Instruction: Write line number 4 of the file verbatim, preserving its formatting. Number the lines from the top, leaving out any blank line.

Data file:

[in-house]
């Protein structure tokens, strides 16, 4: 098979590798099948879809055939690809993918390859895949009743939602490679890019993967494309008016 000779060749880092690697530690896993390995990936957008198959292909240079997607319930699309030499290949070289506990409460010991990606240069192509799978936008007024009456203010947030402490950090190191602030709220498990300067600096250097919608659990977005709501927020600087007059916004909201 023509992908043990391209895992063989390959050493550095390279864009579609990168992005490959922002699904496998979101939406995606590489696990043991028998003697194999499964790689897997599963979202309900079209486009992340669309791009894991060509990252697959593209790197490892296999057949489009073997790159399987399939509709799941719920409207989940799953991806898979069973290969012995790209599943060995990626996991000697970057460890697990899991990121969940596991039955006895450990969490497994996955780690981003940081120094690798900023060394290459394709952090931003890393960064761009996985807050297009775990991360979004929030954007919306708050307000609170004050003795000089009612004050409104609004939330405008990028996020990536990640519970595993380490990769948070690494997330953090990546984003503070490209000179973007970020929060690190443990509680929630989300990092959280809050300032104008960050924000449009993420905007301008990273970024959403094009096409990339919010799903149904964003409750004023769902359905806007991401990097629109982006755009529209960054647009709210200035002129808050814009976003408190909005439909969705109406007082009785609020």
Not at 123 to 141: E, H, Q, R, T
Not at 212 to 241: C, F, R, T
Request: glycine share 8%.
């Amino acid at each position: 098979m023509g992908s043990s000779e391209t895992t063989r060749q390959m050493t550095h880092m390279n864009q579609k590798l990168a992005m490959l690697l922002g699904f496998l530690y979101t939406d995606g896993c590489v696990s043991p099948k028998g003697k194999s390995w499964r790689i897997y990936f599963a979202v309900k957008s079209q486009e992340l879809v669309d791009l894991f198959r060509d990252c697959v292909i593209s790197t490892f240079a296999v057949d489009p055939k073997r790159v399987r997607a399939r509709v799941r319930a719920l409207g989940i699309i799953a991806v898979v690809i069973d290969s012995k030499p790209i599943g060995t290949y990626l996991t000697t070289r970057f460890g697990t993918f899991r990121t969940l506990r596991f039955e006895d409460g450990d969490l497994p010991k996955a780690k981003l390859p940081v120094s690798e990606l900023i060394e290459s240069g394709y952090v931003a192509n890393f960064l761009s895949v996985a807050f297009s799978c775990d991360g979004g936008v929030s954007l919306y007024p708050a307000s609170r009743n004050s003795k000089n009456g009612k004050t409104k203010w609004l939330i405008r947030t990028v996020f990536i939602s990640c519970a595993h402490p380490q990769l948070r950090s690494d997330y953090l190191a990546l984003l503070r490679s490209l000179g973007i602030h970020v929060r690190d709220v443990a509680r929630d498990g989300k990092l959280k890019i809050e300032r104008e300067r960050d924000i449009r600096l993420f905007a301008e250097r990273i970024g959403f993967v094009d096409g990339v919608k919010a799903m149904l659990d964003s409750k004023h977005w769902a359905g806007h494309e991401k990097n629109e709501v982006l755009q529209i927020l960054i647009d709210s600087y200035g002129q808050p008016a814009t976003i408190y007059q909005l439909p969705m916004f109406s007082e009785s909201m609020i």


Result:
Not at 212 to 241: C, F, R, T